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I wrote a GUI-based Java program that takes 25 screenshots per second and saves them at a user-defined location.
It works pretty well except that it has two problems:

  • The mouse cursor is missing from the images and I know it will be because BufferedImages do not contain cursor information in them. They have to be added programatically.

  • The thread that takes screenshots is a daemon thread. So if I close the application, the thread is killed and the PNG image that was being written gets corrupted. I want to avoid that.

  • Here are the images of my application:
    The award-winning, intuitive GUI:
    enter image description here

    The high-definition images captured look like this:
    enter image description here
    As you can see from the image the cursor information is being displayed in the console using MouseInfo's static methods.


    Please let me know how to solve the above mentioned two problems.
    After solving the problem, the images now look like this:
    with cursor

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    1 Answer 1

    up vote 2 down vote accepted

    The mouse cursor is missing from the images and I know it will be because BufferedImages do not contain cursor information in them. They have to be added programatically.

    That is correct, you have to add the cursor afterwards. The reason for this is that a screenshot taken with the Robot class never contains the cursor. Not really because "the BufferedImage doesn't contain mouse info". A BufferedImage is a class that contains a raster of pixels.

    The thread that takes screenshots is a daemon thread. So if I close the application, the thread is killed and the PNG image that was being written gets corrupted. I want to avoid that.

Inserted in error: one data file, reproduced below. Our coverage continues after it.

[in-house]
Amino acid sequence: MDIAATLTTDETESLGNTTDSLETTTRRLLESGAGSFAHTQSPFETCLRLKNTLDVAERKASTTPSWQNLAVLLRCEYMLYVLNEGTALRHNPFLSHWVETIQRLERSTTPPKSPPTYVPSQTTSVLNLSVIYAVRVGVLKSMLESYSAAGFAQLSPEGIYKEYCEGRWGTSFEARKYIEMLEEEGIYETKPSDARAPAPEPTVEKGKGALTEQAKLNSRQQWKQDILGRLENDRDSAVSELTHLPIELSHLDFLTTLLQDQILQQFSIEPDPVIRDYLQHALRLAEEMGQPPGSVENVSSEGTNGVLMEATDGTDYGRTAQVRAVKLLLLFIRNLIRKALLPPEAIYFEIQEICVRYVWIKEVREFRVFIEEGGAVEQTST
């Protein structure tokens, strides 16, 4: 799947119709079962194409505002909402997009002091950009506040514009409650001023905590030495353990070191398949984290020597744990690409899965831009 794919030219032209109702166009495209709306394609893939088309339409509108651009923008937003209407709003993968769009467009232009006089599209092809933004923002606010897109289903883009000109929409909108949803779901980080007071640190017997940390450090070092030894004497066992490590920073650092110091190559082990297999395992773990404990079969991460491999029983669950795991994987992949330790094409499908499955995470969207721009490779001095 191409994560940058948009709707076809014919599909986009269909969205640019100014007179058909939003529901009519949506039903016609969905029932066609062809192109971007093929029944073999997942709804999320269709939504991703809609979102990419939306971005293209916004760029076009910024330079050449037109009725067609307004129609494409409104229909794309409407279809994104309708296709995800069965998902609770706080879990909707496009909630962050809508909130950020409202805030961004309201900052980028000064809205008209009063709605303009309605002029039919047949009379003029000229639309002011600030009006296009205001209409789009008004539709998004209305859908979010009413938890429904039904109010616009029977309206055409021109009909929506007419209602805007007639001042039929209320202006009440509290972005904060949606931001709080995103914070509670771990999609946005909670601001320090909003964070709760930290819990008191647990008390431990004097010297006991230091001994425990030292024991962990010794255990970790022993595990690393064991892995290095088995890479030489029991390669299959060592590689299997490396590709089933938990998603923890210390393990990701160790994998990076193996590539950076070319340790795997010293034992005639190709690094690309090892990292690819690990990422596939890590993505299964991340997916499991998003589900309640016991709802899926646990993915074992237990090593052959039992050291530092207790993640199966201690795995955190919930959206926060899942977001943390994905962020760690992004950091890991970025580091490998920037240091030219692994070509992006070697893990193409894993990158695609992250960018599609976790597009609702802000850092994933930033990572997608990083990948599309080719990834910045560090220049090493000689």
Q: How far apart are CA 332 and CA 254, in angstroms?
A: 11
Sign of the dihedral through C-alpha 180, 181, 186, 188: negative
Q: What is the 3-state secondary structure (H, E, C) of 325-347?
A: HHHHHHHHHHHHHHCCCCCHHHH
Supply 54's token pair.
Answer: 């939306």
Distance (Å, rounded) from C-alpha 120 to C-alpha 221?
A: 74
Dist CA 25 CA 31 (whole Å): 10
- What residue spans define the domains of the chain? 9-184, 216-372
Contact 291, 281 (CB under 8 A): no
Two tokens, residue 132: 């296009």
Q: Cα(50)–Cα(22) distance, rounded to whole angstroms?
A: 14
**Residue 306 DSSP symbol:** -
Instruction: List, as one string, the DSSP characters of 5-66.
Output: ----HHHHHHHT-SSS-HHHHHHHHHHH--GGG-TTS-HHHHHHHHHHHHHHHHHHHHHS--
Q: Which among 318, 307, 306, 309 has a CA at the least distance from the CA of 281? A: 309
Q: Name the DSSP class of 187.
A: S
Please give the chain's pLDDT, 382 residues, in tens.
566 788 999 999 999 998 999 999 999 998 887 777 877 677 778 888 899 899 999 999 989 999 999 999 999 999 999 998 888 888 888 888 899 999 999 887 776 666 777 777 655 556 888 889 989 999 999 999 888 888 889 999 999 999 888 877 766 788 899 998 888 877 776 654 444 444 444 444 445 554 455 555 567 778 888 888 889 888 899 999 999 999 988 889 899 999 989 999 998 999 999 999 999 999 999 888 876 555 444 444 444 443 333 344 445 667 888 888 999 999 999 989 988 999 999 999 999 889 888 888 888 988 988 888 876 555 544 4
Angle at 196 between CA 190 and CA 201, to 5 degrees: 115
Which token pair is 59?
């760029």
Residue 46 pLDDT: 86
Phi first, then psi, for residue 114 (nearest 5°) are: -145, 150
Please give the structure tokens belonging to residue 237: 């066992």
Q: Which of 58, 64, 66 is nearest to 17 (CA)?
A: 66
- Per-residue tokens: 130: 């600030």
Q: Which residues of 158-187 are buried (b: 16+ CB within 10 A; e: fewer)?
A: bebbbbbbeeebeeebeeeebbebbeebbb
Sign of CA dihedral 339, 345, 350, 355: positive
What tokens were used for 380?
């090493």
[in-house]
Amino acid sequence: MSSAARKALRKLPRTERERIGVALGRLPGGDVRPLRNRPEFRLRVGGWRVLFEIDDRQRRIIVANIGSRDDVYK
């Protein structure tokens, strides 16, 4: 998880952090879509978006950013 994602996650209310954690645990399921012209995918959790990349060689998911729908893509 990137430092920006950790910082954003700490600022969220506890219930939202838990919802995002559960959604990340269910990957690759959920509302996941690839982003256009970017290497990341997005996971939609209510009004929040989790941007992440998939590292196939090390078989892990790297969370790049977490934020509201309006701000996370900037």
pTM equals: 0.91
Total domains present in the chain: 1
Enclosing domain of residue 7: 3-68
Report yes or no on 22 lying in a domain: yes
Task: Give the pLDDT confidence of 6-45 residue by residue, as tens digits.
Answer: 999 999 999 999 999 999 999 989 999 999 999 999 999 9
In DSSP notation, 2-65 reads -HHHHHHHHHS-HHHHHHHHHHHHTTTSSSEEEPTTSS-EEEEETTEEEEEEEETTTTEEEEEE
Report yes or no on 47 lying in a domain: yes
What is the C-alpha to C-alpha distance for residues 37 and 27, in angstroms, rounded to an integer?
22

Simply, in the screenshot thread, use a flag that indicates wether it should continue or not. Keep taking screenshots as long as that boolean is set to true. Make sure to make it non-deamon. So, when you close the application, set the flag to false. Probably the most easy way to do this is to add a WindowListener:

    yourFrame.addWindowListener(new WindowAdapter()
    {
        public void windowClosed(WindowEvent e)
        {
            screenshotThread.stopTakingScreenshots(); // This methods set the flag
        }
    }
    

    Also notice that you are not taking the time it takes to make and save a screenshot in count. You use a fixed sleep of 40 milliseconds, but let's say that it takes 4 milliseconds to take and save the screenshot, then you should sleep for only 36 milliseconds. To time how long it takes to make the screenshot, use System.currentTimeMillis(); before and after your takeShot() method and make the difference.

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    this can be done by implementing the finalize() method for the GUI window where I set the flag to false? and second, please tell me more about the first issue. –  Dummy Derp Sep 11 '12 at 18:11
        
    The application thread should wait for the screenshot thread to signal that it is finished. This would be in the application close method. –  Gilbert Le Blanc Sep 11 '12 at 18:13
        
    Reading up on destroy(), hang on! :) –  Dummy Derp Sep 11 '12 at 18:14
    1  
    You use a fixed sleep of 40 milliseconds Im so proud that my program takes such high-def images that you could read what was in the screenshot. :p Kidding! –  Dummy Derp Sep 11 '12 at 18:20
    1  
    Yes, that part is pretty obvious. But how to you get the current cursor image? –  Martijn Courteaux Sep 12 '12 at 11:41

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